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Some south Nashville residents frustrated over valet trash service they are forced to pay for

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It's meant to be convenient. But some south Nashville residents say paying for a trash service they can't use feels more like a rip-off.

For Clay Arnold, taking out his trash is just part of his daily routine.

He'd love to use the valet trash service his apartment complex offers.


You put it right outside your door and each night it gets picked up. The problem? This News4 employee works nights and isn't home when it's time to put it outside.

“I'm forced to pay for a service I essentially can't use,” says Arnold.

He pays $30 a month. Add that up and we're talking more than $300 a year.

“I mean that's some money that I could save on my rent,” said Arnold.

Arnold sent an email asking if he could opt out, explaining he works during that time. He figures out of hundreds of people living there he can’t be the only one who works nights.

But he received an email back telling him unfortunately he was unable to opt out and all residents are required to take the service.

You're supposed to put your trash out between 6-8 at night. But we found trash sitting outside people’s doors during the day. So, we went to ask management about it and get answers to their trash policy in general."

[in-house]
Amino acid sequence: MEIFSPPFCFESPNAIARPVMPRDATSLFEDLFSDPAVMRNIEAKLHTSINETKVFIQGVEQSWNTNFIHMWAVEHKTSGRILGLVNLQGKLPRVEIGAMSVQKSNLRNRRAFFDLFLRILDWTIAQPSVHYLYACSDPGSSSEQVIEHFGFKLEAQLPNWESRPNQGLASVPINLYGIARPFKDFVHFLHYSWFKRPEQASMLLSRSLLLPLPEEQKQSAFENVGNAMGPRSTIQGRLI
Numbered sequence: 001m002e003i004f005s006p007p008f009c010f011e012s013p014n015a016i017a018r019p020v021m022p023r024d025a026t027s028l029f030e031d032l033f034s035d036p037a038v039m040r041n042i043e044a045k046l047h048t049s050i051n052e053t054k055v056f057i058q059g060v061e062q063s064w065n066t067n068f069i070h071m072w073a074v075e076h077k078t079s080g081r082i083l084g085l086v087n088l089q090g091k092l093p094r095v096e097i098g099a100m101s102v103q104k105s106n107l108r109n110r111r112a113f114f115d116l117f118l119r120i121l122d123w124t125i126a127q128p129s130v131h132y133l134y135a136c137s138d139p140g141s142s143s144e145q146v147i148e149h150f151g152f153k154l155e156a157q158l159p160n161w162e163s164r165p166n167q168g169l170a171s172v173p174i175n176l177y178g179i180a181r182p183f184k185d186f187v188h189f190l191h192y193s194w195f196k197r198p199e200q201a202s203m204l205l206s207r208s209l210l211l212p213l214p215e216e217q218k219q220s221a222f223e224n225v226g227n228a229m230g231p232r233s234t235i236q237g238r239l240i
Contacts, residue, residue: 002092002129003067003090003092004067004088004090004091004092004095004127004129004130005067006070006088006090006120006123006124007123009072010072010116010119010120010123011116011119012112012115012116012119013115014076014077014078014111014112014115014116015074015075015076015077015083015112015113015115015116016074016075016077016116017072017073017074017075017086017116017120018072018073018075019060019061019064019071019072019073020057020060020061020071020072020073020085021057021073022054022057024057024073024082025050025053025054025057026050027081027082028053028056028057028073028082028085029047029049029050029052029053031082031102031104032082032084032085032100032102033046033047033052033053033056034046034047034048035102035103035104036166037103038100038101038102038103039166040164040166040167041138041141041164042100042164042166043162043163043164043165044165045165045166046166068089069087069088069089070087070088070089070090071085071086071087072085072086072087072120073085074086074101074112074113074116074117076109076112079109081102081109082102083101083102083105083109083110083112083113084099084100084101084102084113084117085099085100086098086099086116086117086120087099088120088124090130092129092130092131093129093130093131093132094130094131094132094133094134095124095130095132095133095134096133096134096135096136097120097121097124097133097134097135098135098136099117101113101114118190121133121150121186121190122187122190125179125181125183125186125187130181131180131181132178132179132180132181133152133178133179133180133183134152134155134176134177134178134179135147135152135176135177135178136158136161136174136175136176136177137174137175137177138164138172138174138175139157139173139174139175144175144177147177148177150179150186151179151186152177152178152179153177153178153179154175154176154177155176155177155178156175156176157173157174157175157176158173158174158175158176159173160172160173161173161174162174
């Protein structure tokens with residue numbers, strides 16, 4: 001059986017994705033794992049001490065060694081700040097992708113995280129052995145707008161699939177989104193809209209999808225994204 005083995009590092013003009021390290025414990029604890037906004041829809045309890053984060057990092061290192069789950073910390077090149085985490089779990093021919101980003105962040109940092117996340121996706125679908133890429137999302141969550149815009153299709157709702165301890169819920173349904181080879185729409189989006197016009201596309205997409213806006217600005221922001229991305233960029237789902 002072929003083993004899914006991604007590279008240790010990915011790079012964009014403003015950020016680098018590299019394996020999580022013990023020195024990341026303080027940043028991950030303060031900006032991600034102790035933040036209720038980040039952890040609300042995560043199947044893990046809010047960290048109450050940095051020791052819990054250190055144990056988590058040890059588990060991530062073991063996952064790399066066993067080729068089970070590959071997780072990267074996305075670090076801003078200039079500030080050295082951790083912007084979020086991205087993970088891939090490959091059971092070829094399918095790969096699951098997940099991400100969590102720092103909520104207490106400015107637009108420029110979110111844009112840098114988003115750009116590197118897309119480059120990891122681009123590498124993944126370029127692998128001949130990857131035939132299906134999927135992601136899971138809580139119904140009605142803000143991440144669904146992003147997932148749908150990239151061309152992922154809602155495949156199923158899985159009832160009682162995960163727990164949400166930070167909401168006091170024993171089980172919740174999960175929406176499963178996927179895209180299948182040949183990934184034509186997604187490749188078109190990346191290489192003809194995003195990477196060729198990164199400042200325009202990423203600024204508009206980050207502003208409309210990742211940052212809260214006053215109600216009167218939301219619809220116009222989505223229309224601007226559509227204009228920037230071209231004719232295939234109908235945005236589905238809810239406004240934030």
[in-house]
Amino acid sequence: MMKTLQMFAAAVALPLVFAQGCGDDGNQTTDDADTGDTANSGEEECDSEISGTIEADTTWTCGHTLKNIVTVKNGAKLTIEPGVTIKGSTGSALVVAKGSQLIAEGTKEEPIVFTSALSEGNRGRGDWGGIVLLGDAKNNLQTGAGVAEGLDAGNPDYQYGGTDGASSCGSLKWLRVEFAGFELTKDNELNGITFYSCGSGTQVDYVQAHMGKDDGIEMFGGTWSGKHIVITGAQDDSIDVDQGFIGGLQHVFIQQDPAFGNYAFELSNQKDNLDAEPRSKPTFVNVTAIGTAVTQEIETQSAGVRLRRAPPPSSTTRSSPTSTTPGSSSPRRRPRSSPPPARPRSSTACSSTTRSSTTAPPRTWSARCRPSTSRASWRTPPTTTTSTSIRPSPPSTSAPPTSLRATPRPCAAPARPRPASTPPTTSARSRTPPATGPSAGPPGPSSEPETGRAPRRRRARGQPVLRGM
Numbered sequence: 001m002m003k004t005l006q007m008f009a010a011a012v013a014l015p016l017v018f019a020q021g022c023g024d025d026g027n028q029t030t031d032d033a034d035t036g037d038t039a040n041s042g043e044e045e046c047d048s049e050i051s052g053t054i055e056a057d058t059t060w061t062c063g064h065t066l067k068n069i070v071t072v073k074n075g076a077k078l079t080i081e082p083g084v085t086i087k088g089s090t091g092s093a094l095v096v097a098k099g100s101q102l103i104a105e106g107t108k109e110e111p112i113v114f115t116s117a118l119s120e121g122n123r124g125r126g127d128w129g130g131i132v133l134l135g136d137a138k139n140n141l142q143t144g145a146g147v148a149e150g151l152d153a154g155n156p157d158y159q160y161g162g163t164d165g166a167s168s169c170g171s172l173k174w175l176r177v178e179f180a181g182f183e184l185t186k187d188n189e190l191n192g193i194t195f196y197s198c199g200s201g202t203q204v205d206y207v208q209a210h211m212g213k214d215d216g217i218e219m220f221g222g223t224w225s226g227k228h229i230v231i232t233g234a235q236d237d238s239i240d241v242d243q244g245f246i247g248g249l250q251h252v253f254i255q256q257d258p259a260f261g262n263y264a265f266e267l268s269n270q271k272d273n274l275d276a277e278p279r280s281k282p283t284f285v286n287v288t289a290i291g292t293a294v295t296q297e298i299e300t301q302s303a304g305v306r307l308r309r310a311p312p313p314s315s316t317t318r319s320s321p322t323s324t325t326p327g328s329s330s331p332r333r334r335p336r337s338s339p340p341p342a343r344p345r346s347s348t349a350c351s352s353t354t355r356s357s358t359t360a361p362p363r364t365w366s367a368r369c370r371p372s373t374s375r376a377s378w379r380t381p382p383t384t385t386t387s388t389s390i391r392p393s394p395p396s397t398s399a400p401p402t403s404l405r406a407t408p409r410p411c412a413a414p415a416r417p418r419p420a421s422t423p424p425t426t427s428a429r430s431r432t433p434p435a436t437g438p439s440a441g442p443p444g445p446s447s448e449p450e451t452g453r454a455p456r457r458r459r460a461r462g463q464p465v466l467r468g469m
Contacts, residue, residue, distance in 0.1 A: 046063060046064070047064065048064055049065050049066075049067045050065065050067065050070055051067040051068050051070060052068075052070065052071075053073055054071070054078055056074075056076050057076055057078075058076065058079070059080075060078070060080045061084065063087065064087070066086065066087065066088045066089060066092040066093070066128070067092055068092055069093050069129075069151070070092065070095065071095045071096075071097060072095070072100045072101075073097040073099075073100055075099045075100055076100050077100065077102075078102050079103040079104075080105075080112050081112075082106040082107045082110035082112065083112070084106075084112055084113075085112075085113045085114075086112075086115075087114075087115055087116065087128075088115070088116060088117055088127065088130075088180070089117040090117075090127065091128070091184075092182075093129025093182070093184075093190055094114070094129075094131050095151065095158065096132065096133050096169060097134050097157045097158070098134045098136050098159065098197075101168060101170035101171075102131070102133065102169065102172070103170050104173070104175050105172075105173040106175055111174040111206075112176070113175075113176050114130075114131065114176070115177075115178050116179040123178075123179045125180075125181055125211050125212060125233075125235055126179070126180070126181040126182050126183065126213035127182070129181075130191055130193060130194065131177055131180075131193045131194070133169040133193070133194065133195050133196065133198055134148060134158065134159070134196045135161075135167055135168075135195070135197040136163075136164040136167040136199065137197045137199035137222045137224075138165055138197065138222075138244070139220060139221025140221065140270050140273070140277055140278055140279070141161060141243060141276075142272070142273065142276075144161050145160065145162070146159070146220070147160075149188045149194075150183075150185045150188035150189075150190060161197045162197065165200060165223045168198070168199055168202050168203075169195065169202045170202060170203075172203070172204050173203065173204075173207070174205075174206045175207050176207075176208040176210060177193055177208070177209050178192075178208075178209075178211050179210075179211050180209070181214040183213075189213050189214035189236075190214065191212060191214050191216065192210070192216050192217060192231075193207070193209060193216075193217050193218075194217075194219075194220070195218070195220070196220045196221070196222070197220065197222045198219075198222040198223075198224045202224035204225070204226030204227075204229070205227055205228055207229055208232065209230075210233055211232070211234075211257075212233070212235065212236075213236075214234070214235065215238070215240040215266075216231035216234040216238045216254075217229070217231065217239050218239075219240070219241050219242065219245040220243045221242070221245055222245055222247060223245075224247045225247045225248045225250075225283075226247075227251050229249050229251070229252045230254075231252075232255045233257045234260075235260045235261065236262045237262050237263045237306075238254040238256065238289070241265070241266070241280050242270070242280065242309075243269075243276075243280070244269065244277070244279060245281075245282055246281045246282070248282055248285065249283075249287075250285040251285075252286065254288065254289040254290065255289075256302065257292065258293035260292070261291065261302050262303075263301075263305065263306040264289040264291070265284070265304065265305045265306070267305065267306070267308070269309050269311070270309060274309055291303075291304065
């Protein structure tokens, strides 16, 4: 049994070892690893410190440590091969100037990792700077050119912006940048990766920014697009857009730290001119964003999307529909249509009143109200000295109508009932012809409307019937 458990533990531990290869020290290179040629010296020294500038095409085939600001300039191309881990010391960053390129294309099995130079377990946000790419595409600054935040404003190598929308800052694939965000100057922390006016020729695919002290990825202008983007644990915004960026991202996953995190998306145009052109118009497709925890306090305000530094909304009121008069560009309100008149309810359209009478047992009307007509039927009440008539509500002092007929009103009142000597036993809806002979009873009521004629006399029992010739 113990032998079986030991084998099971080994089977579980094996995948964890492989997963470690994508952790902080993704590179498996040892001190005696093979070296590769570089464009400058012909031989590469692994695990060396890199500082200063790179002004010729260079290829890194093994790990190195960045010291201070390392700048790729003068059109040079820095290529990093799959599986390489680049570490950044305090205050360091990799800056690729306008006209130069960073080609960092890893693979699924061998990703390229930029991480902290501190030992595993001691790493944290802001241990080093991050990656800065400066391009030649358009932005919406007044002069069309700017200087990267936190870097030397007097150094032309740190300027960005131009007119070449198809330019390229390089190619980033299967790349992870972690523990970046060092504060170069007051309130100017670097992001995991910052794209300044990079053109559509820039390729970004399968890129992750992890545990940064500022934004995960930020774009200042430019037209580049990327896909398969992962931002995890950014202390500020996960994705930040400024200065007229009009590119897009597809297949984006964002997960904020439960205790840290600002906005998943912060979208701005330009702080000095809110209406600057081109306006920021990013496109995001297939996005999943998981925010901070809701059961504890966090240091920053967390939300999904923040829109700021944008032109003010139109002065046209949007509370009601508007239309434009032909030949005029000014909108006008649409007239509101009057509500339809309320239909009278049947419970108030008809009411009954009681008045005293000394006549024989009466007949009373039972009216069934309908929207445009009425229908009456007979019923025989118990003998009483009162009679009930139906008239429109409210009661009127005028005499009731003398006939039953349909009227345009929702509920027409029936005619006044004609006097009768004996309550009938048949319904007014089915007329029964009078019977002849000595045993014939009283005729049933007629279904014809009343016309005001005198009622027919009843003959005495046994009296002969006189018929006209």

No one with the apartment complex, Hawthorne South Oaks, would speak with us on camera. But according to management, it's in the lease.

Arnold says you used to be able to put it outside whenever you wanted and recently the rules changed.

“I understand they want to keep the place clean and everything which I appreciate, but don't force us to pay for something we can't use,” says Arnold.

So how can you avoid a situation like this? First, make sure to read over your lease carefully. Has anything changed since you signed that lease? If so, you can write a letter to management arguing your case. And of course, you can always contact an attorney for help.

Copyright 2019 WSMV (Meredith Corporation). All rights reserved.

Lindsay Bramson joined News4 in June 2016 as an investigative reporter. She currently specializes in consumer issues.

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